Quality products and service is no accident. It's the result of a certain can-do, no-excuses attitude, an aggressive impatience with the status quo even in the best of times. And it's this attitude, more than anything else, that is responsible for the creation of wealth and jobs that we have seen over the last 7 years.

In these years, our total national wealth has grown by almost a third, and more than 20 million new jobs created. And we are still enjoying the rewards of what has proven to be the longest peacetime expansion in American history. So, given the right policies, and a reduced capital gains tax would be one -- Congress, I hope you're listening -- this expansion will continue. And given the right tools, the American people can reach even greater heights. The potential of this nation is as boundless as the imagination and drive of the American people. All we have to do for our citizens is what these two companies have done for their employees: give them the freedom to do what they do best -- freedom to imagine, freedom to create, and freedom to excel. Our winners had such freedom, and they certainly made the most of it.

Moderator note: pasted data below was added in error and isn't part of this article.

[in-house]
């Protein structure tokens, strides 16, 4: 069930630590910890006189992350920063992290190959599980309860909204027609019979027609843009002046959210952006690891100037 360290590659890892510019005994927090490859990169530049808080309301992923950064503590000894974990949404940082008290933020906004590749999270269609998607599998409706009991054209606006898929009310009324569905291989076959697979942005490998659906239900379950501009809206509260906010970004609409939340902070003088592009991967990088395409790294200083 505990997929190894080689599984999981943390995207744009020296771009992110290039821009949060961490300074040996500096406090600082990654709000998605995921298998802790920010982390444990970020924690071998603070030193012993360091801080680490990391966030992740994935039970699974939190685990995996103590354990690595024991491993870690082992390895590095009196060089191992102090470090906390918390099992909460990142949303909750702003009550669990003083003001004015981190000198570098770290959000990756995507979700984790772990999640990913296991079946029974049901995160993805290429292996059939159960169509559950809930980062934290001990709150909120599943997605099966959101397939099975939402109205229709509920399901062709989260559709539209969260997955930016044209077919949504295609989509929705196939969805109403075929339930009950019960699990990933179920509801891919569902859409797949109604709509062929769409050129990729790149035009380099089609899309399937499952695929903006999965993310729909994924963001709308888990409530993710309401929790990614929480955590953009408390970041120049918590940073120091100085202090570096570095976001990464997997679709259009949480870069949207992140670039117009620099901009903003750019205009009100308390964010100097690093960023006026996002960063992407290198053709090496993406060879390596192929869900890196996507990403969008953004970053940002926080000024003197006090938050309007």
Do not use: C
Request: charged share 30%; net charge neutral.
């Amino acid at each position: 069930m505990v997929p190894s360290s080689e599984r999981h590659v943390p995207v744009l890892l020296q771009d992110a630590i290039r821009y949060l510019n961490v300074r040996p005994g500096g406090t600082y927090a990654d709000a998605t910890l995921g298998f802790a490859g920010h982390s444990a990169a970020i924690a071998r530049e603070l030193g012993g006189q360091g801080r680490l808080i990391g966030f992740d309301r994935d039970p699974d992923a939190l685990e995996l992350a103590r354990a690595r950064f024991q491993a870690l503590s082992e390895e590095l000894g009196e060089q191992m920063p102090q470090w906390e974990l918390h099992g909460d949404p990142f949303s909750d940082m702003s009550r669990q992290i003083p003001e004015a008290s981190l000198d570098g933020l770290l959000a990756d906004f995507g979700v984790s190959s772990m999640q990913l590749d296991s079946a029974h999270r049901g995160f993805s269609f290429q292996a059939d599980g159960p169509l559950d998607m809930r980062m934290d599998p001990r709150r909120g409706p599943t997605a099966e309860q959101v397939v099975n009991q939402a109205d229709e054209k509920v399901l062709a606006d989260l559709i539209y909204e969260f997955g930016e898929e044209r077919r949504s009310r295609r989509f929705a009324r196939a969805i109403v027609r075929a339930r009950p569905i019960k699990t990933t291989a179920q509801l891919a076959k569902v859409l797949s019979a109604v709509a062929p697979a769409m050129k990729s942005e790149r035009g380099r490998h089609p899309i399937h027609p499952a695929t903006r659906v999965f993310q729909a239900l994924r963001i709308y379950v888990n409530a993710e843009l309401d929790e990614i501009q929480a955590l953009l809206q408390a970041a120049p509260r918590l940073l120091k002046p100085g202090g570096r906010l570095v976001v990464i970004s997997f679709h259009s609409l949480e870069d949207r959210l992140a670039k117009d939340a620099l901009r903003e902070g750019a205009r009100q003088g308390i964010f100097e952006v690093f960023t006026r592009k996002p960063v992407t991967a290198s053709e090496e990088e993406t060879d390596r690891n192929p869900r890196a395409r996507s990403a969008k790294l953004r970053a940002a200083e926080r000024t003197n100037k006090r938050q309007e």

I give my heartiest congratulations to Roger Milliken, who is here, and to David Kearns. And I give my heartiest congratulations to your employees, your associates. And thank you all for being here to honor these two successful stories. Thank you very, very much.

Note: The President spoke at 10:34 a.m. in Malcolm Baldrige Hall at the Commerce Department. In his remarks, he referred to Secretary of Commerce Robert A. Mosbacher; Malcolm Baldrige's widow, Margaret (Midge); Secretary of the Treasury Nicholas F. Brady; U.S. Trade Representative Carla A. Hills; Deputy Secretary of Commerce Thomas J. Murrin; Under Secretary of Defense John A. Betti; Senators Strom Thurmond of South Carolina and Jesse Helms of North Carolina; Roger Milliken, chairman and chief executive officer of Milliken   Co.; and David T. Kearns, chairman and chief executive officer for business and products systems for Xerox Corp.